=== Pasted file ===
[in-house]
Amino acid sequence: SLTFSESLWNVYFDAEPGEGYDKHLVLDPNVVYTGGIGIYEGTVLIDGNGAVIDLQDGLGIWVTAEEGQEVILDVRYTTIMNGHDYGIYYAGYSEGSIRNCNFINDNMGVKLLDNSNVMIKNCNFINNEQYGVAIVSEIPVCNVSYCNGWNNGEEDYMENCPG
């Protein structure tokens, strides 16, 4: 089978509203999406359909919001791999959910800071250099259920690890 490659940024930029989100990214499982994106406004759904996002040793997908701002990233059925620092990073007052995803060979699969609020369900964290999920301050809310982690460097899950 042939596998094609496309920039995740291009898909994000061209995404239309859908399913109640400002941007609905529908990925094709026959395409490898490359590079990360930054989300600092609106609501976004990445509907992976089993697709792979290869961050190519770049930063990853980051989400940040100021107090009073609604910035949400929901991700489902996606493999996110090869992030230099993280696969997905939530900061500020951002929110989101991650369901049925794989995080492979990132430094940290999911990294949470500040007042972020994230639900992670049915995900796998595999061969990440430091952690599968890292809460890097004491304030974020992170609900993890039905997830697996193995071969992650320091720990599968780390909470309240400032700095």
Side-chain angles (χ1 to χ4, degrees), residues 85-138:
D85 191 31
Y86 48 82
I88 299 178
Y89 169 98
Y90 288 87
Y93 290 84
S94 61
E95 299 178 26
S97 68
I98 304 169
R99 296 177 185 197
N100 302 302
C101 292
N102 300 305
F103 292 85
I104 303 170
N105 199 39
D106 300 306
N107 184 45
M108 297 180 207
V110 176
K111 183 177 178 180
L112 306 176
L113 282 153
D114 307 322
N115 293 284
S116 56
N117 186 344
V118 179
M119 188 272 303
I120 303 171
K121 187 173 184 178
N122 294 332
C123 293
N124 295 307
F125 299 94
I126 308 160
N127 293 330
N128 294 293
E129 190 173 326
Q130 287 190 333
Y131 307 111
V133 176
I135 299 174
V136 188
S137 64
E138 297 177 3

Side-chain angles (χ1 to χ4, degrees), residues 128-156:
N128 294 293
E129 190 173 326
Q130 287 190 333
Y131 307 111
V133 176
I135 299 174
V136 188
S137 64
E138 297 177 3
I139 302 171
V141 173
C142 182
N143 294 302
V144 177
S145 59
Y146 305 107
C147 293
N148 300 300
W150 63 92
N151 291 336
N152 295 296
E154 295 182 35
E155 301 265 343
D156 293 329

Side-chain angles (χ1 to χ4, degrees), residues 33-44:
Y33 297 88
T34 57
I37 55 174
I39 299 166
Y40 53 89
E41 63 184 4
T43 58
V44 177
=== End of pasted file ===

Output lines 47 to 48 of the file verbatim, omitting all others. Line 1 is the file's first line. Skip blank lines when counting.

V133 176
I135 299 174